If you keep up on housing market news, or even if you don’t, you may have heard about the great rates available right now.
What's in this article?
It might be time to take advantage and refinance your loan for a better rate.
Refinancing is a good idea even if rates aren’t low because you shouldn’t be paying more than you have to for your home.
The FHA offers a beneficial refinance program that allows its customers to bypass additional credit and income checks for a refinance.
You could quickly have a lower payment and interest rate. But there are some costs you should consider.
An FHA refinance will come with closing costs and insurance premiums. Is it still worth it?
Let’s break down everything you need to know about FHA refinance, the streamline program, and closing costs.
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What’s the difference between an FHA Refinance and FHA Streamline Refinance?
There are several options for FHA refinance, including:
- Rate and term refinance (for those without an FHA loan)
- Simple refinance (for those with an existing FHA loan)
- Streamline refinance
- Cash-out refinance
- FHA 203(k) refinance
Current FHA borrowers will likely focus on either a simple refinance or a streamline refinance. There are a few differences that set them apart and that you’ll want to pay attention to.
First, a simple FHA refinance allows borrowers to change their loan terms from 30-year to 15-year. In a streamline refinance, loan terms can only change from 15-year to 30-year and not vice versa.
This could be important if you’re hoping to shorten the length of your loan.
A simple FHA refinance also has the caveat that if the borrower’s profit from the refinance exceeds $500, it’s automatically applied to your principal amount.
Another difference is that a simple refinance will require a new appraisal and a new credit check. New appraisals are not required with the FHA streamline refinance, but you do have the option to request a new assessment of your credit and financial status. Doing so may get you an even lower new interest rate.
In either refinancing scenario, you can’t complete a cash-out refinance, meaning that you can get cash back from the difference between your new loan amount and what you still owe on your mortgage. You will need to specifically talk to the lender about an FHA cash-out refinance option.
What are typical FHA refinance closing costs?
Whether you choose a simple or streamline refinance, there will be out-of-pocket closing costs. They can’t be rolled into the loan such as with conventional loans.
Closing costs will vary by lender and other details of your loan. They include fees for things like loan origination, underwriting, processing, and title insurance.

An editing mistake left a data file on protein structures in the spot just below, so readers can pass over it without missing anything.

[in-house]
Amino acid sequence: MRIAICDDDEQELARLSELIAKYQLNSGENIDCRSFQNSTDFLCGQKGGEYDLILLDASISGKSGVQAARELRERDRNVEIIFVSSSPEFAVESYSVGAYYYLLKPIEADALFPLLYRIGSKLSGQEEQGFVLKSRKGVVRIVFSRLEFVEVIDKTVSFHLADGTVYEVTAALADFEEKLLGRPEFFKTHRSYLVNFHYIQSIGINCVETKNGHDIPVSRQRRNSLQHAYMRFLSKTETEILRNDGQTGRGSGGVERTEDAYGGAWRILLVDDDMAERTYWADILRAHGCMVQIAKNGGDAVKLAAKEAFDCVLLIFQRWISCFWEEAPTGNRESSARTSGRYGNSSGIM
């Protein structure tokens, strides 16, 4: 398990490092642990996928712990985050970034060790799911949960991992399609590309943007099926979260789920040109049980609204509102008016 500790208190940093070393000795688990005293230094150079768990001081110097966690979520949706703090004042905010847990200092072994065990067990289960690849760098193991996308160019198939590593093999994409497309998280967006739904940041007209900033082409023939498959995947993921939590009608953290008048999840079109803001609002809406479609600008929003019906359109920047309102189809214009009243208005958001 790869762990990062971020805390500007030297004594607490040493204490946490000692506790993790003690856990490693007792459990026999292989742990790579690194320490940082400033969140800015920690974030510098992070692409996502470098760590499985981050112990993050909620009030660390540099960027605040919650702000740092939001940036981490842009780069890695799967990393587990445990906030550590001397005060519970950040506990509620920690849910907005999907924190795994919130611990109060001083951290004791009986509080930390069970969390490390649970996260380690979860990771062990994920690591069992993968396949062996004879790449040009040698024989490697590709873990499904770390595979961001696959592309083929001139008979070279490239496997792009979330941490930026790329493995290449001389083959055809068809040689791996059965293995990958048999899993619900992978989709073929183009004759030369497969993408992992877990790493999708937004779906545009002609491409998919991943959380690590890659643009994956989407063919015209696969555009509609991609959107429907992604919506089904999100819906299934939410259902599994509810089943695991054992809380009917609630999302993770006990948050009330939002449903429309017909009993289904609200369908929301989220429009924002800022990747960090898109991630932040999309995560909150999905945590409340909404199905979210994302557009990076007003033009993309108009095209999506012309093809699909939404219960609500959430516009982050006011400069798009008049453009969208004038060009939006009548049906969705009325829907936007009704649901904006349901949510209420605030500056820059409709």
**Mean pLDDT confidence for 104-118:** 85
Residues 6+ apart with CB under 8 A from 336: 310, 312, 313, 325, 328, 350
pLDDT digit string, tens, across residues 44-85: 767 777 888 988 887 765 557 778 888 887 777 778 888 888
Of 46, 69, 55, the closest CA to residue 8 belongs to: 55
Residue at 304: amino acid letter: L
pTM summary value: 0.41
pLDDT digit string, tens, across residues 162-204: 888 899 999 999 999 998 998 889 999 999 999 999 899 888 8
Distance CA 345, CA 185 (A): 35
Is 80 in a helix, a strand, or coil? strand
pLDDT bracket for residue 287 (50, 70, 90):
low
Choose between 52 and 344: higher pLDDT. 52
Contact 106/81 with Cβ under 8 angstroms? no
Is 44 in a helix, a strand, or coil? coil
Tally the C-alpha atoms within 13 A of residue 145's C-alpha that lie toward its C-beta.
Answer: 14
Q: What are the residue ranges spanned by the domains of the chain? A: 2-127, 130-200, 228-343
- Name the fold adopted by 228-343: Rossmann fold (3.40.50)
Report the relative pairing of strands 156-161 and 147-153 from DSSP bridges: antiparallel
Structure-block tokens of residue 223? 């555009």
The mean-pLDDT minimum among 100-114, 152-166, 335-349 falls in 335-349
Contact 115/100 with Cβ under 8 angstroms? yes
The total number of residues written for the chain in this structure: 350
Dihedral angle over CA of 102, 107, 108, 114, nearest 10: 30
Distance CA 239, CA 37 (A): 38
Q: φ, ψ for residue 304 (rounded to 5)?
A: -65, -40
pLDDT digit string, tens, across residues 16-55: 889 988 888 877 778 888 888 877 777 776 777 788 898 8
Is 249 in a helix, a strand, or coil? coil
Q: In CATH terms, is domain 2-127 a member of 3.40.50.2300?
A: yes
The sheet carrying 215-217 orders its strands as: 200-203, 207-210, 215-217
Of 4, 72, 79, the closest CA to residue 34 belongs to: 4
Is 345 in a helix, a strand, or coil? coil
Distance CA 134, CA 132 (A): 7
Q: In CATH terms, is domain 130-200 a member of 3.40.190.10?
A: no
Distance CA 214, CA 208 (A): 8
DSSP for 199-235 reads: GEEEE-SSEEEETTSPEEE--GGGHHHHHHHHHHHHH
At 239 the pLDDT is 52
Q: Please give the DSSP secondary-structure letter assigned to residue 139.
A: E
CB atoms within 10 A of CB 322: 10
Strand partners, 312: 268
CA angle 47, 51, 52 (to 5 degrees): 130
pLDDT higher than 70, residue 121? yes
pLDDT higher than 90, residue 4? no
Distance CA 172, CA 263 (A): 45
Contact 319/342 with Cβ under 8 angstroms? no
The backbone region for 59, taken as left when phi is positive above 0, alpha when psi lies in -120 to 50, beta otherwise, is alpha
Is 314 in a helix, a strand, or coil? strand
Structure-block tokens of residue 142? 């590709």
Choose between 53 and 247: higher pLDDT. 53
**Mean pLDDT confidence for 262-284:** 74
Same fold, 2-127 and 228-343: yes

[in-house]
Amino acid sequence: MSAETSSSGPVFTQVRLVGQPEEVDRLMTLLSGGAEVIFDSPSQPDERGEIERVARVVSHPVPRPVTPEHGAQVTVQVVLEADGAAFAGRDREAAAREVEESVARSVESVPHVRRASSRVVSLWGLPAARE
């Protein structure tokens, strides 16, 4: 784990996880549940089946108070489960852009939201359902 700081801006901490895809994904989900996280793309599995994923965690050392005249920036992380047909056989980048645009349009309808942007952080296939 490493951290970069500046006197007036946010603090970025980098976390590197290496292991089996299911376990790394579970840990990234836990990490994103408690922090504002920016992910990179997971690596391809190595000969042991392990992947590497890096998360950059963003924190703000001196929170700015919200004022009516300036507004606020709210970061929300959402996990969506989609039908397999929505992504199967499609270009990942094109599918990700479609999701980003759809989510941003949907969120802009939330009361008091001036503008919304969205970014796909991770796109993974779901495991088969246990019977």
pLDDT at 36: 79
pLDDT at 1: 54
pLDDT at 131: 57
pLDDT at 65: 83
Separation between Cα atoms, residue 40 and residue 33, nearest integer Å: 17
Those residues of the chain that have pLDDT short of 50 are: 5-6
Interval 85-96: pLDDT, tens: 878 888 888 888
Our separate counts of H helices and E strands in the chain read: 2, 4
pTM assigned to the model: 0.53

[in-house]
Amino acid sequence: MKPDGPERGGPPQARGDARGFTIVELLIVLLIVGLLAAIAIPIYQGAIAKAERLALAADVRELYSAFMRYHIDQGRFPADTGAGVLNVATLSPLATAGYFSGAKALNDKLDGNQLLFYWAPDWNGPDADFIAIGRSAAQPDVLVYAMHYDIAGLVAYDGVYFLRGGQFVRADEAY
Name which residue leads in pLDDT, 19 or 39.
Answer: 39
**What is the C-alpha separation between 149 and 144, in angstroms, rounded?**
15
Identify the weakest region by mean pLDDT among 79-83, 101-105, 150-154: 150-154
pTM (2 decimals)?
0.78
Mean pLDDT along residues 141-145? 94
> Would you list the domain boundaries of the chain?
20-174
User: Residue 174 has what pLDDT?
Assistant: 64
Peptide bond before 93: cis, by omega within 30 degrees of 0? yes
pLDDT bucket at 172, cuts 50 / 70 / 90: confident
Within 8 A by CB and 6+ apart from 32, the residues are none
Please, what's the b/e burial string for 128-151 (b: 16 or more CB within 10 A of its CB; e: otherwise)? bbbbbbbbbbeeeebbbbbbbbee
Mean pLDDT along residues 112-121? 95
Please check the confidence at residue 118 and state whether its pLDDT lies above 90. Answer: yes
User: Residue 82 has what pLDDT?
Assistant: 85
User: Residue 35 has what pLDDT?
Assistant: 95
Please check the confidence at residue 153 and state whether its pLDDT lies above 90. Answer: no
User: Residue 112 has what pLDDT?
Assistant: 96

The estimated closing costs for an FHA streamline refinance vary from 2-5% of the loan amount. If your loan amount is $150,000, your closing costs could be between $3,000 and $7,500.
Since an FHA refinance does not require a new appraisal, you save about $500-$1,000 without that added cost.
It’s best to shop for lenders for your refinance as well. One lender may estimate lower closing costs than another.
No matter how you do it, closing costs are unavoidable.
How to lower your FHA refinance closing costs
Because FHA streamline refinance loans are easy for lenders to work with, they’re more than happy to compete for your business.
It’s worth it for the borrower to get quotes from multiple lenders and then use them to negotiate to get the lowest possible costs.
Lenders also get a service release premium for each loan that they close. Basically, this is an amount of money that the lender collects from a loan aggregator once the loan is closed.
That premium allows them to potentially waive thousands of dollars to get your business. So you could potentially have your closing costs paid completely by the lender.
Closing costs are unavoidable but the borrower doesn’t necessarily have to be the one who pays them.
Can I refinance an FHA loan into a conventional loan? Should I?
Borrowers may refinance their FHA loan into a conventional one if they have 5% equity in their home.
This is something to consider to get rid of the Mortgage Insurance Premium (MIP) that is required on all FHA loans.
MIP is the FHA version of Private Mortgage Insurance (PMI) that is often required on conventional loans.
These insurance payments protect the lender if the borrower defaults on their loan.
The MIP is always required through the life of the loan, and the only way to get rid of it is to refinance into a conventional loan.
Whether you switch from an FHA to conventional depends on your own situation.
You could get a lower rate with a conventional loan, but you’ll likely need more paperwork than what is required of a streamline refinance, such as income and asset verification. You also may need to get a new appraisal.
The purpose of the FHA streamline refinance is to lower your monthly payment and rate without all that hassle.
It is a personal decision whether you decide to refinance into a conventional loan or not.
Find your perfect refinance option
Refinancing comes with many benefits to the borrower. It will depend on your specific situation though, which program is right for you.
Perhaps you’re in a better financial situation now than you were when you got your original loan, so completing another credit check could get you an even better interest rate. That’s up to you to decide, and discussing it with a lender can help.
My Perfect Mortgage partners with trusted lenders who could be perfect for your situation.
Just tell us a little bit about your refinance scenario and we’ll match you with the right lender.
Take advantage of our tools and experience, and let us take some of the decision-making off of your hands. Get started with My Perfect Mortgage today!